We are now officially straddling summer rom-com and winter awards seasons. While horror flicks are obvious choices to indulge in for the next month or so, it would be unfortunate to neglect all other autumnally apt films. Here are eight to watch (or, most likely, re-watch) this season.
It's been a long time since I buckled my seatbelt and hunkered down for a trip through outer space. Or through some kid's digestive tract. Or, in this case, a wild adventure to the Galapagos Islands, complete with invasive species and symbiotic ecosystems.
After the jaw-dropping and tear-jerking season one finale of NBC's hit drama "This Is Us," audiences all over the country sat in their living rooms dealing with heartache and searching for answers they were never given (and for another box of Kleenex). When the second season premiere aired last Tuesday, fans of the show received a major clue to the answer of the question everyone is dying to ask:
The ultimate allure of the spy movie lies in its fantastic elements. When you strip the genre down to its essentials, you have colorful villains with ludicrous plots facing off against suave gentleman armed with classic good looks, charisma and ultra-hi-tech gadgets. In other words, you have "Kingsman"
Unless you've been living under a rock, I shouldn't need to remind you that "Wonder Woman" was one of 2017's biggest hits. It's a fun action movie, but the coolest byproduct of the film was reading stories of young girls feeling empowered by what (and who) they saw onscreen.
If you tuned into the Emmys last night to escape the political hellscape currently dominating social media and the news, tough luck. The most talked-about moment at the 69th Primetime Emmy Awards wasn't Donald Glover's or "The Handmaid's Tale's" historical wins but Sean Spicer, who made a surprise appearance during host Stephen Colbert's monologue.
Rap and EDM. Those two things go together like peanut butter and spaghetti; I suppose you could convince me that it's a good combo, but only if you change one or the other until it's almost unrecognizable. Hip-hop and electronic music have always gone hand in hand, but you almost never see a full-fledged rap over a full-fledged, techno dance beat. Kanye West rapped over industrial beats on "Yeezus," but the result was more rage-fueled than danceable, and Drake has incorporated two-step and Afro-electro beats on the likes of "Passionfruit" and "One Dance," but he switches to his sing-song voice while doing it.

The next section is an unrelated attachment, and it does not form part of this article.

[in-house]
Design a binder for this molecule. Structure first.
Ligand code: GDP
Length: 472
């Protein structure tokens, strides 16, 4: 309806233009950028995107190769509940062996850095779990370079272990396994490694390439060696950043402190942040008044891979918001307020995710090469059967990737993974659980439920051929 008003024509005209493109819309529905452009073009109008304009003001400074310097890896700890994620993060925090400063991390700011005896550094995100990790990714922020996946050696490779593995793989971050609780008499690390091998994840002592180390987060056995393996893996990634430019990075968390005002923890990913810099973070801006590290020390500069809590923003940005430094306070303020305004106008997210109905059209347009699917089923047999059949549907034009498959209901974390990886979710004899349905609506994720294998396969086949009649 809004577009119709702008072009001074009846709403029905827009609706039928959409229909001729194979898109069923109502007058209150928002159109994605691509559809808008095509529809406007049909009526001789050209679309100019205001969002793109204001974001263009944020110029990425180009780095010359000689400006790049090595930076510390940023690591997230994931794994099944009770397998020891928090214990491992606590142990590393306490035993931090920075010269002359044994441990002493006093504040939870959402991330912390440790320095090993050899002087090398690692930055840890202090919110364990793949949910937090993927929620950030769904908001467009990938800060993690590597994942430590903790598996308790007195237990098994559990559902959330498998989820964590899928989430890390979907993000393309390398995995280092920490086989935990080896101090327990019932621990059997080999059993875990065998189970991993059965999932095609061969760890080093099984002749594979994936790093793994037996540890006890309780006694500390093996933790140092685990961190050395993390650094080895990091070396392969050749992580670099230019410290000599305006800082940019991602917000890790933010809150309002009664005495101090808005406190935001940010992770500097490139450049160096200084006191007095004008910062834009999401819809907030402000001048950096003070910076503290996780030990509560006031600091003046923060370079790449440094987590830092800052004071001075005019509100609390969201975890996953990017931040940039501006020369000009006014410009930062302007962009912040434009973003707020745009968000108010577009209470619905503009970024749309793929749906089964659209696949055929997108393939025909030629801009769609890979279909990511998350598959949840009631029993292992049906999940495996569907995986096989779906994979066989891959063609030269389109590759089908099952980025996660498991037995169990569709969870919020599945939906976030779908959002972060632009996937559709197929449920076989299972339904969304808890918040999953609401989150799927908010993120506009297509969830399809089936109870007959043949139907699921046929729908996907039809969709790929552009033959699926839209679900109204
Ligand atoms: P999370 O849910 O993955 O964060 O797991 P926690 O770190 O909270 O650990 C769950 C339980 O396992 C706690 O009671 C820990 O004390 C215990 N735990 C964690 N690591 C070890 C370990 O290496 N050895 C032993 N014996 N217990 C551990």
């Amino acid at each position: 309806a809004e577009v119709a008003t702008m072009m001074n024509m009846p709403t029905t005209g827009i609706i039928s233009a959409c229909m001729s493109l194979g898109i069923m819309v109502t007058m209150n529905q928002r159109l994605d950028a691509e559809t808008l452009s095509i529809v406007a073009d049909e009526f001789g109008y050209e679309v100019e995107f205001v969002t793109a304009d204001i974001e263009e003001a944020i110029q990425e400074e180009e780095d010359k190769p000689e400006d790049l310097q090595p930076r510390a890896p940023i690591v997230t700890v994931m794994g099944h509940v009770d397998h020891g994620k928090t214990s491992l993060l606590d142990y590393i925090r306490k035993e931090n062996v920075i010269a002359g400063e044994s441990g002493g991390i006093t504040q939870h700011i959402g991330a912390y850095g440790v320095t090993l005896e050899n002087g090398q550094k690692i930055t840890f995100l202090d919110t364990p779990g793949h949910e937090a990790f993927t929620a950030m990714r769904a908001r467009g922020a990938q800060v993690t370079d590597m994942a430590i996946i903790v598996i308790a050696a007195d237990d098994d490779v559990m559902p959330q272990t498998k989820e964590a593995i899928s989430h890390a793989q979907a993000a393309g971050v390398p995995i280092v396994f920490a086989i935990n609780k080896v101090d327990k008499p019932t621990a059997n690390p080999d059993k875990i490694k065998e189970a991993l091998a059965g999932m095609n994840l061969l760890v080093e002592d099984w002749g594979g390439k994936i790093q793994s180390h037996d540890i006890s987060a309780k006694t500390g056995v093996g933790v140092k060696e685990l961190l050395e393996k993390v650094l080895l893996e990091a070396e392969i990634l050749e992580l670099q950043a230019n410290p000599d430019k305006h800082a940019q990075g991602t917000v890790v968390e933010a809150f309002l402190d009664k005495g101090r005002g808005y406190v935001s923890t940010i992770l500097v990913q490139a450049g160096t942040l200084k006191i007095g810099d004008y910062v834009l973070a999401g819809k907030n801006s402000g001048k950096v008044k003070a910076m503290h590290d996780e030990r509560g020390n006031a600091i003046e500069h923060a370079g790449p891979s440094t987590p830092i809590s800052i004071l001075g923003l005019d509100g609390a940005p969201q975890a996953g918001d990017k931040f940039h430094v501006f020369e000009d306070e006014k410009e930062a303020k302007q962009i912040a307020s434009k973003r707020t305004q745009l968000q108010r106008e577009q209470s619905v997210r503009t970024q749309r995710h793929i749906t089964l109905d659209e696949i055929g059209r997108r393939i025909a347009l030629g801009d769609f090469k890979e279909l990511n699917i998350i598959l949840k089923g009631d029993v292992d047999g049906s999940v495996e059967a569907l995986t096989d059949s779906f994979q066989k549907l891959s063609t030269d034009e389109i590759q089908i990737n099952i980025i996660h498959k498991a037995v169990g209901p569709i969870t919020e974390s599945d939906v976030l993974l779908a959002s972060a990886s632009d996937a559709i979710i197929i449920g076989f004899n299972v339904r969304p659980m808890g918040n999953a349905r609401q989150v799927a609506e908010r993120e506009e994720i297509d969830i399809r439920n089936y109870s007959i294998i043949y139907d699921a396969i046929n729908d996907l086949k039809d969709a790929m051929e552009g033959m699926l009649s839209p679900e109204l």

If the age-old concept that sadness has a physical presence, a sort of heaviness that weighs on your shoulders and could sonically manifest itself, the result would probably sound a lot like The National. Their songs seem bent on pressing down on you in the same way that pop music wants to lift you up; the piano and bass draw rich, long chords over you like a blanket, synthesizers and strings emit hauntingly mournful moans and lead singer Matt Berninger's signature baritone is the vocal equivalent of a defeated, weary sigh. Decidedly sorrowful since their 2001 debut, The National seems the rightful inheritor of that "Depressing Indie Rock Band" label that Coldplay has seemed so desperate to escape.
Certain artists manage to stay recognizable, if not relevant, as time passes. Everyone knows a Michael Jackson, Whitney Houston or Bee Gees tune, and some of them manage to fulfill the same purpose they had decades ago -- to get people on the dance floor. At the same time, generations of people can sing along to iconic choruses from the Beatles or big-hair bands like Journey and Bon Jovi. Those were popular bands that can be recognized as such now.
The arrival of September means the unfortunate combination of two phenomena: the beginning of classes and onslaught of fall television. It's difficult to find time to study for midterms or write that poly sci essay when there are so many new compelling programs vying for network approval. The fall schedule can be complicated to navigate, so no matter how you're trying to procrastinate, whether you're looking for an HBO megadrama or a silly late night comedy to binge through, a new hit or an old favorite, we've got you covered.
Just about everything you might expect to be annoying about an animated, 19th-century film about dueling Parisian child ballerinas cripples "Leap!" It's essentially a Barbie movie with twice the budget, worse characters and even less plausibility (but better pop songs.)
Television, which was once condensed to weekly programs on three or four channels, has expanded so vastly in recent years that it's impossible for a person to watch every show of note. In such a diluted market, the TV series-as-a-cultural-event, where, for the course of an hour, a large swath of viewers has their eyes on the same program, has essentially died.
Film-wise, this was the best summer in recent memory (no thanks to "The Emoji Movie"). Here are the top five films worth watching if you didn't manage to catch them in the last few months, plus the ones you should steer clear of.